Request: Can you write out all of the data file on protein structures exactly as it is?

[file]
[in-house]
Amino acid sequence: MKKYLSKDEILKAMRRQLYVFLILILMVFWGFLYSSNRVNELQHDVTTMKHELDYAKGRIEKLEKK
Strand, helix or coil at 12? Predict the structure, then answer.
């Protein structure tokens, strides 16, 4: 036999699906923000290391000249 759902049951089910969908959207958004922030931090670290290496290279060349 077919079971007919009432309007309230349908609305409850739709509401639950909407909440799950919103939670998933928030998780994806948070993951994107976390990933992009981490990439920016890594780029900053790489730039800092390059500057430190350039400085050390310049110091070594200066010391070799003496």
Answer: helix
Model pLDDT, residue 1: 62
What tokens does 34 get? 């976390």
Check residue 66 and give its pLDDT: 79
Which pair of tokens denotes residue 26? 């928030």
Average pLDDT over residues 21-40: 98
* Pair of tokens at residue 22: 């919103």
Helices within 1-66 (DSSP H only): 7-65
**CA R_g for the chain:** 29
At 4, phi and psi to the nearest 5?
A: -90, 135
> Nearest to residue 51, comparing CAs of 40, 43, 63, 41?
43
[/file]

[in-house]
Amino acid sequence: MKKYLSKDEILKAMRRQLYVFLILILMVFWGFLYSSNRVNELQHDVTTMKHELDYAKGRIEKLEKK
Strand, helix or coil at 12? Predict the structure, then answer.
């Protein structure tokens, strides 16, 4: 036999699906923000290391000249 759902049951089910969908959207958004922030931090670290290496290279060349 077919079971007919009432309007309230349908609305409850739709509401639950909407909440799950919103939670998933928030998780994806948070993951994107976390990933992009981490990439920016890594780029900053790489730039800092390059500057430190350039400085050390310049110091070594200066010391070799003496």
Answer: helix
Model pLDDT, residue 1: 62
What tokens does 34 get? 């976390």
Check residue 66 and give its pLDDT: 79
Which pair of tokens denotes residue 26? 């928030």
Average pLDDT over residues 21-40: 98
* Pair of tokens at residue 22: 């919103």
Helices within 1-66 (DSSP H only): 7-65
**CA R_g for the chain:** 29
At 4, phi and psi to the nearest 5?
A: -90, 135
> Nearest to residue 51, comparing CAs of 40, 43, 63, 41?
43